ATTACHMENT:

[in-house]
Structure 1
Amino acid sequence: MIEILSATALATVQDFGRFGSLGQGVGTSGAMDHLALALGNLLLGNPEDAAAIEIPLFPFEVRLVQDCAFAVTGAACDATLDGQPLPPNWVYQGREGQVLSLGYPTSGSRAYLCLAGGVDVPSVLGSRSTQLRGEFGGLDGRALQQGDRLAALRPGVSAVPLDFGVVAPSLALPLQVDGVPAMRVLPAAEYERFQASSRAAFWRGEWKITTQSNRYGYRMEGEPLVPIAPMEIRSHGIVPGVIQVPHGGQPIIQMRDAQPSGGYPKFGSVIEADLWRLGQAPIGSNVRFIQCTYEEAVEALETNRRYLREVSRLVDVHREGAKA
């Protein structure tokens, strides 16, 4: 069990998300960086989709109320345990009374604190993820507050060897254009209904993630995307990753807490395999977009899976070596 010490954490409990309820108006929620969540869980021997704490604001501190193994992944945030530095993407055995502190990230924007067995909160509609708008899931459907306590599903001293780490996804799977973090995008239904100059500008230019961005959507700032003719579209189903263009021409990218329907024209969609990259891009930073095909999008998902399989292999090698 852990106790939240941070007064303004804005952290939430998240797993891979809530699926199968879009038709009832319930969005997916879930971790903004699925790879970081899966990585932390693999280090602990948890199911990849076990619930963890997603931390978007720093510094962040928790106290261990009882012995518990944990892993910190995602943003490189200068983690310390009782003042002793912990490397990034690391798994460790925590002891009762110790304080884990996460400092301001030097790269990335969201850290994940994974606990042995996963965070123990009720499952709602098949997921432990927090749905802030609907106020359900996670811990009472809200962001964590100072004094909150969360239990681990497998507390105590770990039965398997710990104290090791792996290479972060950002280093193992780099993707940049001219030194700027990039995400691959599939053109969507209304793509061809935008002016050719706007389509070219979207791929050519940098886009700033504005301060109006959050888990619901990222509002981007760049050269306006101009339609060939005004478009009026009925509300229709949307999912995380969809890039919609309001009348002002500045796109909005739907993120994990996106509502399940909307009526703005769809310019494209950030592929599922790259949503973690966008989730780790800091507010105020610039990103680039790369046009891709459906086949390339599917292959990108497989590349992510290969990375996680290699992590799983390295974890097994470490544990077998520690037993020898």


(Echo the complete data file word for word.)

[in-house]
Structure 1
Amino acid sequence: MIEILSATALATVQDFGRFGSLGQGVGTSGAMDHLALALGNLLLGNPEDAAAIEIPLFPFEVRLVQDCAFAVTGAACDATLDGQPLPPNWVYQGREGQVLSLGYPTSGSRAYLCLAGGVDVPSVLGSRSTQLRGEFGGLDGRALQQGDRLAALRPGVSAVPLDFGVVAPSLALPLQVDGVPAMRVLPAAEYERFQASSRAAFWRGEWKITTQSNRYGYRMEGEPLVPIAPMEIRSHGIVPGVIQVPHGGQPIIQMRDAQPSGGYPKFGSVIEADLWRLGQAPIGSNVRFIQCTYEEAVEALETNRRYLREVSRLVDVHREGAKA
């Protein structure tokens, strides 16, 4: 069990998300960086989709109320345990009374604190993820507050060897254009209904993630995307990753807490395999977009899976070596 010490954490409990309820108006929620969540869980021997704490604001501190193994992944945030530095993407055995502190990230924007067995909160509609708008899931459907306590599903001293780490996804799977973090995008239904100059500008230019961005959507700032003719579209189903263009021409990218329907024209969609990259891009930073095909999008998902399989292999090698 852990106790939240941070007064303004804005952290939430998240797993891979809530699926199968879009038709009832319930969005997916879930971790903004699925790879970081899966990585932390693999280090602990948890199911990849076990619930963890997603931390978007720093510094962040928790106290261990009882012995518990944990892993910190995602943003490189200068983690310390009782003042002793912990490397990034690391798994460790925590002891009762110790304080884990996460400092301001030097790269990335969201850290994940994974606990042995996963965070123990009720499952709602098949997921432990927090749905802030609907106020359900996670811990009472809200962001964590100072004094909150969360239990681990497998507390105590770990039965398997710990104290090791792996290479972060950002280093193992780099993707940049001219030194700027990039995400691959599939053109969507209304793509061809935008002016050719706007389509070219979207791929050519940098886009700033504005301060109006959050888990619901990222509002981007760049050269306006101009339609060939005004478009009026009925509300229709949307999912995380969809890039919609309001009348002002500045796109909005739907993120994990996106509502399940909307009526703005769809310019494209950030592929599922790259949503973690966008989730780790800091507010105020610039990103680039790369046009891709459906086949390339599917292959990108497989590349992510290969990375996680290699992590799983390295974890097994470490544990077998520690037993020898």